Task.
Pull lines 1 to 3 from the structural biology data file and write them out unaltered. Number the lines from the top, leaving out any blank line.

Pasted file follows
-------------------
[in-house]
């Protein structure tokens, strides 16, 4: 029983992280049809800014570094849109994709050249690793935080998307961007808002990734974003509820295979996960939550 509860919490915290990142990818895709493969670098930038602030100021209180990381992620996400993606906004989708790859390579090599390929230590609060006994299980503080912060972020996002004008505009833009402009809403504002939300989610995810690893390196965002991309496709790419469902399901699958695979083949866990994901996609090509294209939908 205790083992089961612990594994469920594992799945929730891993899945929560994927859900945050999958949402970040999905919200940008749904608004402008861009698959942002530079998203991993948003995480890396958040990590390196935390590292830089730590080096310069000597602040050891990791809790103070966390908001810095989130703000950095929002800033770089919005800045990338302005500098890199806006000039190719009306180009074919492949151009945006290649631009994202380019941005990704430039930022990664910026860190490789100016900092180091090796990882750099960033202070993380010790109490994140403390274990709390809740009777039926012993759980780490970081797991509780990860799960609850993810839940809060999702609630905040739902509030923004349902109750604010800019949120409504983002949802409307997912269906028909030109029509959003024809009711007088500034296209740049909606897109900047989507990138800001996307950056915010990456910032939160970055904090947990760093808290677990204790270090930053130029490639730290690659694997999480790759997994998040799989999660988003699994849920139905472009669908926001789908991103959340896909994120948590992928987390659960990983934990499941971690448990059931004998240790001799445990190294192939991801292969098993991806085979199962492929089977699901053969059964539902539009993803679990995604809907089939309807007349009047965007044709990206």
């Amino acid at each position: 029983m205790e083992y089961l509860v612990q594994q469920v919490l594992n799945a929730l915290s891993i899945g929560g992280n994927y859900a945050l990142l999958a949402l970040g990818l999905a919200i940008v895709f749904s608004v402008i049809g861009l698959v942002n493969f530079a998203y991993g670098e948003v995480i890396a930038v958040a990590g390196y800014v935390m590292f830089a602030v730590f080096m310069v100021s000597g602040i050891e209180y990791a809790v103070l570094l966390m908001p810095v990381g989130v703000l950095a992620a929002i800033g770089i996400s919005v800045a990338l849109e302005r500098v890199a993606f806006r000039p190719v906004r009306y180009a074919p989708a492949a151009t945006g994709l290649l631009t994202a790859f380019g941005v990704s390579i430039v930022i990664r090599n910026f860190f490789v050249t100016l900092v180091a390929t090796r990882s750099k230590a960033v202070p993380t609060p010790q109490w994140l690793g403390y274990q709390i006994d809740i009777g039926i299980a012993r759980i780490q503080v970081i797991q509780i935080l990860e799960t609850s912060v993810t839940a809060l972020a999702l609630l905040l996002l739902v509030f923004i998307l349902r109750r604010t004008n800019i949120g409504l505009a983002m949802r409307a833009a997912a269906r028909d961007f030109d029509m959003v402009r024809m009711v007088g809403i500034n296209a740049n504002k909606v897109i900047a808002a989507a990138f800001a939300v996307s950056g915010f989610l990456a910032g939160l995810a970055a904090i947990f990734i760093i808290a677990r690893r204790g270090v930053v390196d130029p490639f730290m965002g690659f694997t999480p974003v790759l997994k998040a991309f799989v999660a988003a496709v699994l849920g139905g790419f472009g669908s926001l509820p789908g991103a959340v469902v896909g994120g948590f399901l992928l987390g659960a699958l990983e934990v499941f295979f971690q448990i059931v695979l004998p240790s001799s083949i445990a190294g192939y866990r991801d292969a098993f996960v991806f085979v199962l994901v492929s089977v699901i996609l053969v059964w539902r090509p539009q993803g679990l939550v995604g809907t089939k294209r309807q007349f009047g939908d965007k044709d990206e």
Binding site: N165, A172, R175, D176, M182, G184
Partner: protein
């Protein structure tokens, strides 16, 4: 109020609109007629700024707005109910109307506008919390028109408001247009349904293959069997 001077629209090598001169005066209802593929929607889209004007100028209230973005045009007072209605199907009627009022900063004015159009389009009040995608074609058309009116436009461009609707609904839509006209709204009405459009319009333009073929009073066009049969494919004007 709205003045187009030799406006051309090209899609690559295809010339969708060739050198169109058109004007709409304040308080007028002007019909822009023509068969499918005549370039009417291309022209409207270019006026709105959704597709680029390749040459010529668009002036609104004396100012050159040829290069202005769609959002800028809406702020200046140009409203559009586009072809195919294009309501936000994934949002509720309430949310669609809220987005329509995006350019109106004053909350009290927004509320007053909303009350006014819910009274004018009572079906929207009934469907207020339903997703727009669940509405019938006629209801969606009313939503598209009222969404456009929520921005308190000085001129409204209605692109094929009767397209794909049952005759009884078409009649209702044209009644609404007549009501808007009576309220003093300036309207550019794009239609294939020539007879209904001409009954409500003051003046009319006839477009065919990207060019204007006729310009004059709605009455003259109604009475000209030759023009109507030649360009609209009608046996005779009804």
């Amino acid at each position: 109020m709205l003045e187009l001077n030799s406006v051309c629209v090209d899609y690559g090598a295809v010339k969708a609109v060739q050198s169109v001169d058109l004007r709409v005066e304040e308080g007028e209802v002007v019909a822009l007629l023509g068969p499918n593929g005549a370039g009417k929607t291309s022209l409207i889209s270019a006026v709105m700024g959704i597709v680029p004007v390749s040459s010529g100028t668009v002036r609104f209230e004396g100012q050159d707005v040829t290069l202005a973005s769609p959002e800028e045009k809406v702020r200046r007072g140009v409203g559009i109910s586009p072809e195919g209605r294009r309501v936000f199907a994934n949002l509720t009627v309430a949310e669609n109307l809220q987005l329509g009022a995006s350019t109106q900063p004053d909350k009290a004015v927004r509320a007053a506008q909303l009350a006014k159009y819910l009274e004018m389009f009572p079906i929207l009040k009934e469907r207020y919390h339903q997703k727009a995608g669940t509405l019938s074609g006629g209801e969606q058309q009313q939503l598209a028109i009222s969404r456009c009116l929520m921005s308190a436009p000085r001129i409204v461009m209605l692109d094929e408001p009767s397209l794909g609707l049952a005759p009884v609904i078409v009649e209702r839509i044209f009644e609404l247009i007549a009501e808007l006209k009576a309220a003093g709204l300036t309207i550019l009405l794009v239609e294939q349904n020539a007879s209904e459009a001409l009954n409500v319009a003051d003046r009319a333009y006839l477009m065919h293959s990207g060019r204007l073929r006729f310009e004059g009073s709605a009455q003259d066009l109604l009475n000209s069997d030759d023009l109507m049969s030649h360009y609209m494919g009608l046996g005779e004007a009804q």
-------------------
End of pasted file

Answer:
[in-house]
């Protein structure tokens, strides 16, 4: 029983992280049809800014570094849109994709050249690793935080998307961007808002990734974003509820295979996960939550 509860919490915290990142990818895709493969670098930038602030100021209180990381992620996400993606906004989708790859390579090599390929230590609060006994299980503080912060972020996002004008505009833009402009809403504002939300989610995810690893390196965002991309496709790419469902399901699958695979083949866990994901996609090509294209939908 205790083992089961612990594994469920594992799945929730891993899945929560994927859900945050999958949402970040999905919200940008749904608004402008861009698959942002530079998203991993948003995480890396958040990590390196935390590292830089730590080096310069000597602040050891990791809790103070966390908001810095989130703000950095929002800033770089919005800045990338302005500098890199806006000039190719009306180009074919492949151009945006290649631009994202380019941005990704430039930022990664910026860190490789100016900092180091090796990882750099960033202070993380010790109490994140403390274990709390809740009777039926012993759980780490970081797991509780990860799960609850993810839940809060999702609630905040739902509030923004349902109750604010800019949120409504983002949802409307997912269906028909030109029509959003024809009711007088500034296209740049909606897109900047989507990138800001996307950056915010990456910032939160970055904090947990760093808290677990204790270090930053130029490639730290690659694997999480790759997994998040799989999660988003699994849920139905472009669908926001789908991103959340896909994120948590992928987390659960990983934990499941971690448990059931004998240790001799445990190294192939991801292969098993991806085979199962492929089977699901053969059964539902539009993803679990995604809907089939309807007349009047965007044709990206």
């Amino acid at each position: 029983m205790e083992y089961l509860v612990q594994q469920v919490l594992n799945a929730l915290s891993i899945g929560g992280n994927y859900a945050l990142l999958a949402l970040g990818l999905a919200i940008v895709f749904s608004v402008i049809g861009l698959v942002n493969f530079a998203y991993g670098e948003v995480i890396a930038v958040a990590g390196y800014v935390m590292f830089a602030v730590f080096m310069v100021s000597g602040i050891e209180y990791a809790v103070l570094l966390m908001p810095v990381g989130v703000l950095a992620a929002i800033g770089i996400s919005v800045a990338l849109e302005r500098v890199a993606f806006r000039p190719v906004r009306y180009a074919p989708a492949a151009t945006g994709l290649l631009t994202a790859f380019g941005v990704s390579i430039v930022i990664r090599n910026f860190f490789v050249t100016l900092v180091a390929t090796r990882s750099k230590a960033v202070p993380t609060p010790q109490w994140l690793g403390y274990q709390i006994d809740i009777g039926i299980a012993r759980i780490q503080v970081i797991q509780i935080l990860e799960t609850s912060v993810t839940a809060l972020a999702l609630l905040l996002l739902v509030f923004i998307l349902r109750r604010t004008n800019i949120g409504l505009a983002m949802r409307a833009a997912a269906r028909d961007f030109d029509m959003v402009r024809m009711v007088g809403i500034n296209a740049n504002k909606v897109i900047a808002a989507a990138f800001a939300v996307s950056g915010f989610l990456a910032g939160l995810a970055a904090i947990f990734i760093i808290a677990r690893r204790g270090v930053v390196d130029p490639f730290m965002g690659f694997t999480p974003v790759l997994k998040a991309f799989v999660a988003a496709v699994l849920g139905g790419f472009g669908s926001l509820p789908g991103a959340v469902v896909g994120g948590f399901l992928l987390g659960a699958l990983e934990v499941f295979f971690q448990i059931v695979l004998p240790s001799s083949i445990a190294g192939y866990r991801d292969a098993f996960v991806f085979v199962l994901v492929s089977v699901i996609l053969v059964w539902r090509p539009q993803g679990l939550v995604g809907t089939k294209r309807q007349f009047g939908d965007k044709d990206e």